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Transcriptional Profiles of Mating-Responsive Genes from Testes and Male Accessory Glands of the Mediterranean Fruit Fly, Ceratitis capitata
In recent years, with the aid of next generation sequencing technologies and proteomic approaches, comprehensive studies aimed at the identification and analyses of seminal fluid proteins have been initiated in some insect species, such as the beetle Tribolium castaneum [12], [13], Heliconius butterflies [14], the honeybee Apis mellifera [15], the ant Leptothorax gredleri [16], the sandfly Lutzomyia longipalpis [17], the mosquitoes Aedes aegypti [6], [18] and Anopheles gambiae [19], and other Drosophila species [11], [20]. The best hit of TAG3302, glutathione S-transferase, is a predicted intracellular or membrane-bound protein [18]. Predicted intracellular proteins also have been reported in the seminal fluid of other organisms, such as D. melanogaster [109], bed bugs [110], honey bees [15], and humans [111].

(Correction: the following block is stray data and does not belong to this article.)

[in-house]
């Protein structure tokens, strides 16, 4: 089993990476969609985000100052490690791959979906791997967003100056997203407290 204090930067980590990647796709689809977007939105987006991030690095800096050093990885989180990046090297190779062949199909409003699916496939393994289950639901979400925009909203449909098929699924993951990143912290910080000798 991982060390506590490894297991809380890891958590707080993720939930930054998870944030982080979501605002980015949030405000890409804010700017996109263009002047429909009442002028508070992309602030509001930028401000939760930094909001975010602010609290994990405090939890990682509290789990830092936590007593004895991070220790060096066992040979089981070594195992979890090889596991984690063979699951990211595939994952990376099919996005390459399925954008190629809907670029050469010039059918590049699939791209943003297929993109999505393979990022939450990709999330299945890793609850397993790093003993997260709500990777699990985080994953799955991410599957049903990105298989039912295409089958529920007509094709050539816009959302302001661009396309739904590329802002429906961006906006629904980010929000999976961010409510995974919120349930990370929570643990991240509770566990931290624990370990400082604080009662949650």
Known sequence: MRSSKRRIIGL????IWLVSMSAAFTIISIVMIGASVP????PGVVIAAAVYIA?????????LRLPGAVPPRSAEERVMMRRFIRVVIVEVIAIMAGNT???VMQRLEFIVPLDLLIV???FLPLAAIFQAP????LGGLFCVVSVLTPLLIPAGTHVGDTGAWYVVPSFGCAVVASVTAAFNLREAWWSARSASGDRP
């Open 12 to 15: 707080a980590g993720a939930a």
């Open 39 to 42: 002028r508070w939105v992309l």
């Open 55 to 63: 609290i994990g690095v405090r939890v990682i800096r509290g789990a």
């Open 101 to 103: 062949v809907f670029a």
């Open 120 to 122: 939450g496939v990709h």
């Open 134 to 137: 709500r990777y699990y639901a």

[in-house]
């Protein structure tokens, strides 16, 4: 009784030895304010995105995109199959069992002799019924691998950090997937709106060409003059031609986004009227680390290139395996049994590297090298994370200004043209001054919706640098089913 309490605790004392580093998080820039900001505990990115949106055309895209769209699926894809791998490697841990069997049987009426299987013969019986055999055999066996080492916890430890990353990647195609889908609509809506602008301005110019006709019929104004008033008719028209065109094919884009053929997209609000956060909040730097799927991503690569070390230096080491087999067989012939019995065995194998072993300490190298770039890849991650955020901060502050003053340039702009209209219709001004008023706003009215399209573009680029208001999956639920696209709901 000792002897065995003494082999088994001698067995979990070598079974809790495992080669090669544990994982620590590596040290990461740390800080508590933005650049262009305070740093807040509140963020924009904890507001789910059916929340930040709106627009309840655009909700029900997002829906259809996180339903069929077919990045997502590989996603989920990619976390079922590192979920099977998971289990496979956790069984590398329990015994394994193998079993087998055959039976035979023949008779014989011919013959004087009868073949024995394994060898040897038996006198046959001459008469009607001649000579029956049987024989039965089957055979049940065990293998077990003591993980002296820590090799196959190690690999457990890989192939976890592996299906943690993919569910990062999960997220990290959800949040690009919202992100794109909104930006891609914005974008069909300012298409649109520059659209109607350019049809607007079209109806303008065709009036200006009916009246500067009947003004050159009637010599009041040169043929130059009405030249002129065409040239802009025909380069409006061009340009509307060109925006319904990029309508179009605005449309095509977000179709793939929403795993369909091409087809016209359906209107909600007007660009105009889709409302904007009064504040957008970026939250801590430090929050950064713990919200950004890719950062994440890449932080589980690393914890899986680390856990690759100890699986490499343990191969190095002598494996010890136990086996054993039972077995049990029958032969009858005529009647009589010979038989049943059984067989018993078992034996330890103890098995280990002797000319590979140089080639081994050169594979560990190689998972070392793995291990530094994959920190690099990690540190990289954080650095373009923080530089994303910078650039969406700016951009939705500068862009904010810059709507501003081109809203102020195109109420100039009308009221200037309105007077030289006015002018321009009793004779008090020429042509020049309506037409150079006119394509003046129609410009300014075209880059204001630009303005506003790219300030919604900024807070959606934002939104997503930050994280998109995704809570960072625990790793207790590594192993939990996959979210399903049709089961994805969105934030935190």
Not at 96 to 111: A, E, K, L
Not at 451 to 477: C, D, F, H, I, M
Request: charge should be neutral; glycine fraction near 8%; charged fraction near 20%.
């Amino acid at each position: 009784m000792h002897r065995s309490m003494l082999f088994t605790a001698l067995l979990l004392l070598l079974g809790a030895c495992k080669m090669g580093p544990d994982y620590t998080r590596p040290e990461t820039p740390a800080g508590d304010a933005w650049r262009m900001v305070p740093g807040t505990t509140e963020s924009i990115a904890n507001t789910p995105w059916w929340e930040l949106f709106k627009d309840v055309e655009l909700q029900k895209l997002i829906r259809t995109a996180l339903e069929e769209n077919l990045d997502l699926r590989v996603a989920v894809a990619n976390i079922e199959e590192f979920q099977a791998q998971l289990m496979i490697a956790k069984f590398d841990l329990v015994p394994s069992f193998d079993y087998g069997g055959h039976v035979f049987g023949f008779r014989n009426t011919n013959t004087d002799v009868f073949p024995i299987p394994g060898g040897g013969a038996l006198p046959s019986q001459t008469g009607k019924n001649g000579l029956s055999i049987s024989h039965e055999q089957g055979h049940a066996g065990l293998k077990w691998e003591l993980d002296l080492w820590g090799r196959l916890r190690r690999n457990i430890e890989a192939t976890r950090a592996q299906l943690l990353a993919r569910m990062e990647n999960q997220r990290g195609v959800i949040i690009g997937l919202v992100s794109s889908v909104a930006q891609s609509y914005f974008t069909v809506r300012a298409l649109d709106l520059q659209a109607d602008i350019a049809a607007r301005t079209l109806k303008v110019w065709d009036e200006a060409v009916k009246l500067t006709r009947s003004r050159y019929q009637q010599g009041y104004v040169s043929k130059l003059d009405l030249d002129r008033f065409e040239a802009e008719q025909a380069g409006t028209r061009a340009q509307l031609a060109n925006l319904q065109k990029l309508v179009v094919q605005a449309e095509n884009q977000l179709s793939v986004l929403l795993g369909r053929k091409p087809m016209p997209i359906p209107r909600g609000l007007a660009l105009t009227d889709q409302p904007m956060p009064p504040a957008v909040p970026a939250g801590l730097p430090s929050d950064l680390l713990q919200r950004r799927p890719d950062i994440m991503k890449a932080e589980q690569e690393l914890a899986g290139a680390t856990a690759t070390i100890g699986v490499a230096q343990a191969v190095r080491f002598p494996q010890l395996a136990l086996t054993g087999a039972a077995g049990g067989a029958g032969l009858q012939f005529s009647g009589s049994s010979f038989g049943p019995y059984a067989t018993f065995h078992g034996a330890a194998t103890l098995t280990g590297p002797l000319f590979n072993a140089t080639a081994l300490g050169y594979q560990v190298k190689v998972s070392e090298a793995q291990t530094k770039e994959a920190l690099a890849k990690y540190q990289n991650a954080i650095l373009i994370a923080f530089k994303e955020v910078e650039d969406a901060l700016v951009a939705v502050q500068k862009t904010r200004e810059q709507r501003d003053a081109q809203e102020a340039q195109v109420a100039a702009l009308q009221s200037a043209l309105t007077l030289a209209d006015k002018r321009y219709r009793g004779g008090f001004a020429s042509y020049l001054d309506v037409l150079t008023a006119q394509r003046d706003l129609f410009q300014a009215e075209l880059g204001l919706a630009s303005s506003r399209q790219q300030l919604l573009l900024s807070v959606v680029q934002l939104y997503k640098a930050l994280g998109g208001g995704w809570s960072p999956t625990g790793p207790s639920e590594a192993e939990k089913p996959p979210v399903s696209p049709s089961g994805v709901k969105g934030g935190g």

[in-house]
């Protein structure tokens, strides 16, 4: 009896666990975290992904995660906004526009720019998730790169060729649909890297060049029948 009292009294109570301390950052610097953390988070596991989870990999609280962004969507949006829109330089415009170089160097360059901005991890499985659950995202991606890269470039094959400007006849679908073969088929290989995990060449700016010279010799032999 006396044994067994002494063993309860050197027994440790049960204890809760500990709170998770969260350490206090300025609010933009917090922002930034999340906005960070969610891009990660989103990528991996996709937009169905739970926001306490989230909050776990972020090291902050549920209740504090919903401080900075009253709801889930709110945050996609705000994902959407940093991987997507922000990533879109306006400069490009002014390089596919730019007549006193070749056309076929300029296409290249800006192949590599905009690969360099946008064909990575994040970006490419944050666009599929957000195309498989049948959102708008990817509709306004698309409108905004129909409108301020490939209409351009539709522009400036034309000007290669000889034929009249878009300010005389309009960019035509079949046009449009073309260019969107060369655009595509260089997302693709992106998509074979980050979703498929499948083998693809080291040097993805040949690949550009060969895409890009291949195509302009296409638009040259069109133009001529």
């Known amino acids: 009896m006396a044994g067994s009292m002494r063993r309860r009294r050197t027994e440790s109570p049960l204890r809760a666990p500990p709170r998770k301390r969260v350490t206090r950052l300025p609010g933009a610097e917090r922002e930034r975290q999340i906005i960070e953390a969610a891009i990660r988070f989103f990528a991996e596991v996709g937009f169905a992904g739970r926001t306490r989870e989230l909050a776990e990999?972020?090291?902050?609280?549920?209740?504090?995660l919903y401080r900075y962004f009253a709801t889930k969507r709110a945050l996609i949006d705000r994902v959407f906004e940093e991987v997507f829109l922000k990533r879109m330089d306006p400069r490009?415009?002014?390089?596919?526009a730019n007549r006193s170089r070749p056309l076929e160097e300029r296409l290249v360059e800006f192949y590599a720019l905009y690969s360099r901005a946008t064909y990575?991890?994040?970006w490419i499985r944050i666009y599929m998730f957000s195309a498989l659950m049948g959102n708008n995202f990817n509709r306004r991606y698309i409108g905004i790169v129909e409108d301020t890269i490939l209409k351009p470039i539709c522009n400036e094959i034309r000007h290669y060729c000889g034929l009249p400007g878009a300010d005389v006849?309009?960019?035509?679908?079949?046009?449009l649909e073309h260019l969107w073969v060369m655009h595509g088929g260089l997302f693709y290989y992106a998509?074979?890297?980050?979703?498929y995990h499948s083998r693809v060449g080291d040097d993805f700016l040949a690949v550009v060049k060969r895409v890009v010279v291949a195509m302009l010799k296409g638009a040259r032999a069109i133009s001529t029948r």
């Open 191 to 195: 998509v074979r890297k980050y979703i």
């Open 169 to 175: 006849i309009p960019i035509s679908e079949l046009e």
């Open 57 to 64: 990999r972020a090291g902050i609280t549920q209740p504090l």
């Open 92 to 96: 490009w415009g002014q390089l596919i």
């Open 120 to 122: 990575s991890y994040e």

http://www.plosone.org/article/info:doi/10.1371/journal.pone.0046812
 

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this is a study on medfly which sites similarities to honeybees from previous studies... not profound, or intreasting prehaps tech helpful to a entomology professor continuing research in a related field, but really why did you post this?
 

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Because I love bees, work with researchers currently heavily involved in genetics to make bees healthy, and most of all I read so often on these forums "we just do not know" when it should really read "I do not know."
Honey bees were one of the 8 species studied.
 
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